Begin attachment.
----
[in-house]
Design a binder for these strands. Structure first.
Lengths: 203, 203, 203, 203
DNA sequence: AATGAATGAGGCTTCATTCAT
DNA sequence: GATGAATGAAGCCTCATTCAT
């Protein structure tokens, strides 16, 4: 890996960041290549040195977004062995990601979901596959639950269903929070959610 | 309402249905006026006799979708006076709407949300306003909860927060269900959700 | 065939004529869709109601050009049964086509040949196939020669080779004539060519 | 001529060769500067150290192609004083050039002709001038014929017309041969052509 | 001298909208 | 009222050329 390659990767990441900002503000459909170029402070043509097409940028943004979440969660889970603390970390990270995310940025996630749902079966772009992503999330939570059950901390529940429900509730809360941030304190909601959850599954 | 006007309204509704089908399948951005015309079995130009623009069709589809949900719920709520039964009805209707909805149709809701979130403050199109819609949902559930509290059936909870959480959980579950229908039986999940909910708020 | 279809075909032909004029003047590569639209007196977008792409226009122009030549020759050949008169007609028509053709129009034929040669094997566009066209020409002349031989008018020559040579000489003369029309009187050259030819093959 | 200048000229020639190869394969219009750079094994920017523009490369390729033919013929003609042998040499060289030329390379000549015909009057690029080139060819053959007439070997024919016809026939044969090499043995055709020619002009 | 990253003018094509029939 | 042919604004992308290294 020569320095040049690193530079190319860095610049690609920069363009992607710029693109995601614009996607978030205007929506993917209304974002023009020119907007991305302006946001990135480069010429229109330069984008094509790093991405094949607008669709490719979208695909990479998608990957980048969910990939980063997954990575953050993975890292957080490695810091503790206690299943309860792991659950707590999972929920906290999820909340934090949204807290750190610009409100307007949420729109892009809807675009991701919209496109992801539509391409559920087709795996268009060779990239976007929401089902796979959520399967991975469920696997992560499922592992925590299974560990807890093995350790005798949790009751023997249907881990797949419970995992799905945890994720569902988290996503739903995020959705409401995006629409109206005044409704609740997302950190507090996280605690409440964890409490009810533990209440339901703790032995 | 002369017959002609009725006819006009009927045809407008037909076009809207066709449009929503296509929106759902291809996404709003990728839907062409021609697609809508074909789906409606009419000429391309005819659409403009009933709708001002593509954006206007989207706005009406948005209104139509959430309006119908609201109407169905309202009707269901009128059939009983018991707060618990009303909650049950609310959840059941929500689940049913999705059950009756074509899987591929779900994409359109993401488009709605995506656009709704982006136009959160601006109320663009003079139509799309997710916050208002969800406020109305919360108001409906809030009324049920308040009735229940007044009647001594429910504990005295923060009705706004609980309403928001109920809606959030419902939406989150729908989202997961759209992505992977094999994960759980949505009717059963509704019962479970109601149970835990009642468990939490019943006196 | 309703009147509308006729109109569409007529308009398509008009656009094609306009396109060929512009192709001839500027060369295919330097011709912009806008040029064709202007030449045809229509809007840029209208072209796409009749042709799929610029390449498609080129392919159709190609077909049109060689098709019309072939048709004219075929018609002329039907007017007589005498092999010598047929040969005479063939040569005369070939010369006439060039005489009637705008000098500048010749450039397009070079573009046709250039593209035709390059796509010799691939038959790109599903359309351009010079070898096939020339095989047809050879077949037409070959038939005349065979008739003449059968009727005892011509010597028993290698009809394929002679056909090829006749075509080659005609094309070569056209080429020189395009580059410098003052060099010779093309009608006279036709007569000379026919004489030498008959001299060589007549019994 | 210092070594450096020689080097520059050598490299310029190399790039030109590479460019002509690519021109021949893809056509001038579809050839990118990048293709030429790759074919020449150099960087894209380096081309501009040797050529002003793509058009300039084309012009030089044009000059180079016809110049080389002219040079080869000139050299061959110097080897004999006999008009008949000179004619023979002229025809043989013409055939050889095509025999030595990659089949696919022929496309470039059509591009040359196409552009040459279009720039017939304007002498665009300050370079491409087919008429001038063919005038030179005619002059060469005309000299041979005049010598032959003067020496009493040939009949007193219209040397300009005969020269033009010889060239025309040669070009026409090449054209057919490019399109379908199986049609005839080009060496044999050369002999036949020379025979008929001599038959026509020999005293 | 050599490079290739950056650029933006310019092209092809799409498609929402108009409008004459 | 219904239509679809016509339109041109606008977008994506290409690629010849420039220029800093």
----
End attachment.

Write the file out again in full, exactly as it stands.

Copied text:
[in-house]
Design a binder for these strands. Structure first.
Lengths: 203, 203, 203, 203
DNA sequence: AATGAATGAGGCTTCATTCAT
DNA sequence: GATGAATGAAGCCTCATTCAT
């Protein structure tokens, strides 16, 4: 890996960041290549040195977004062995990601979901596959639950269903929070959610 | 309402249905006026006799979708006076709407949300306003909860927060269900959700 | 065939004529869709109601050009049964086509040949196939020669080779004539060519 | 001529060769500067150290192609004083050039002709001038014929017309041969052509 | 001298909208 | 009222050329 390659990767990441900002503000459909170029402070043509097409940028943004979440969660889970603390970390990270995310940025996630749902079966772009992503999330939570059950901390529940429900509730809360941030304190909601959850599954 | 006007309204509704089908399948951005015309079995130009623009069709589809949900719920709520039964009805209707909805149709809701979130403050199109819609949902559930509290059936909870959480959980579950229908039986999940909910708020 | 279809075909032909004029003047590569639209007196977008792409226009122009030549020759050949008169007609028509053709129009034929040669094997566009066209020409002349031989008018020559040579000489003369029309009187050259030819093959 | 200048000229020639190869394969219009750079094994920017523009490369390729033919013929003609042998040499060289030329390379000549015909009057690029080139060819053959007439070997024919016809026939044969090499043995055709020619002009 | 990253003018094509029939 | 042919604004992308290294 020569320095040049690193530079190319860095610049690609920069363009992607710029693109995601614009996607978030205007929506993917209304974002023009020119907007991305302006946001990135480069010429229109330069984008094509790093991405094949607008669709490719979208695909990479998608990957980048969910990939980063997954990575953050993975890292957080490695810091503790206690299943309860792991659950707590999972929920906290999820909340934090949204807290750190610009409100307007949420729109892009809807675009991701919209496109992801539509391409559920087709795996268009060779990239976007929401089902796979959520399967991975469920696997992560499922592992925590299974560990807890093995350790005798949790009751023997249907881990797949419970995992799905945890994720569902988290996503739903995020959705409401995006629409109206005044409704609740997302950190507090996280605690409440964890409490009810533990209440339901703790032995 | 002369017959002609009725006819006009009927045809407008037909076009809207066709449009929503296509929106759902291809996404709003990728839907062409021609697609809508074909789906409606009419000429391309005819659409403009009933709708001002593509954006206007989207706005009406948005209104139509959430309006119908609201109407169905309202009707269901009128059939009983018991707060618990009303909650049950609310959840059941929500689940049913999705059950009756074509899987591929779900994409359109993401488009709605995506656009709704982006136009959160601006109320663009003079139509799309997710916050208002969800406020109305919360108001409906809030009324049920308040009735229940007044009647001594429910504990005295923060009705706004609980309403928001109920809606959030419902939406989150729908989202997961759209992505992977094999994960759980949505009717059963509704019962479970109601149970835990009642468990939490019943006196 | 309703009147509308006729109109569409007529308009398509008009656009094609306009396109060929512009192709001839500027060369295919330097011709912009806008040029064709202007030449045809229509809007840029209208072209796409009749042709799929610029390449498609080129392919159709190609077909049109060689098709019309072939048709004219075929018609002329039907007017007589005498092999010598047929040969005479063939040569005369070939010369006439060039005489009637705008000098500048010749450039397009070079573009046709250039593209035709390059796509010799691939038959790109599903359309351009010079070898096939020339095989047809050879077949037409070959038939005349065979008739003449059968009727005892011509010597028993290698009809394929002679056909090829006749075509080659005609094309070569056209080429020189395009580059410098003052060099010779093309009608006279036709007569000379026919004489030498008959001299060589007549019994 | 210092070594450096020689080097520059050598490299310029190399790039030109590479460019002509690519021109021949893809056509001038579809050839990118990048293709030429790759074919020449150099960087894209380096081309501009040797050529002003793509058009300039084309012009030089044009000059180079016809110049080389002219040079080869000139050299061959110097080897004999006999008009008949000179004619023979002229025809043989013409055939050889095509025999030595990659089949696919022929496309470039059509591009040359196409552009040459279009720039017939304007002498665009300050370079491409087919008429001038063919005038030179005619002059060469005309000299041979005049010598032959003067020496009493040939009949007193219209040397300009005969020269033009010889060239025309040669070009026409090449054209057919490019399109379908199986049609005839080009060496044999050369002999036949020379025979008929001599038959026509020999005293 | 050599490079290739950056650029933006310019092209092809799409498609929402108009409008004459 | 219904239509679809016509339109041109606008977008994506290409690629010849420039220029800093």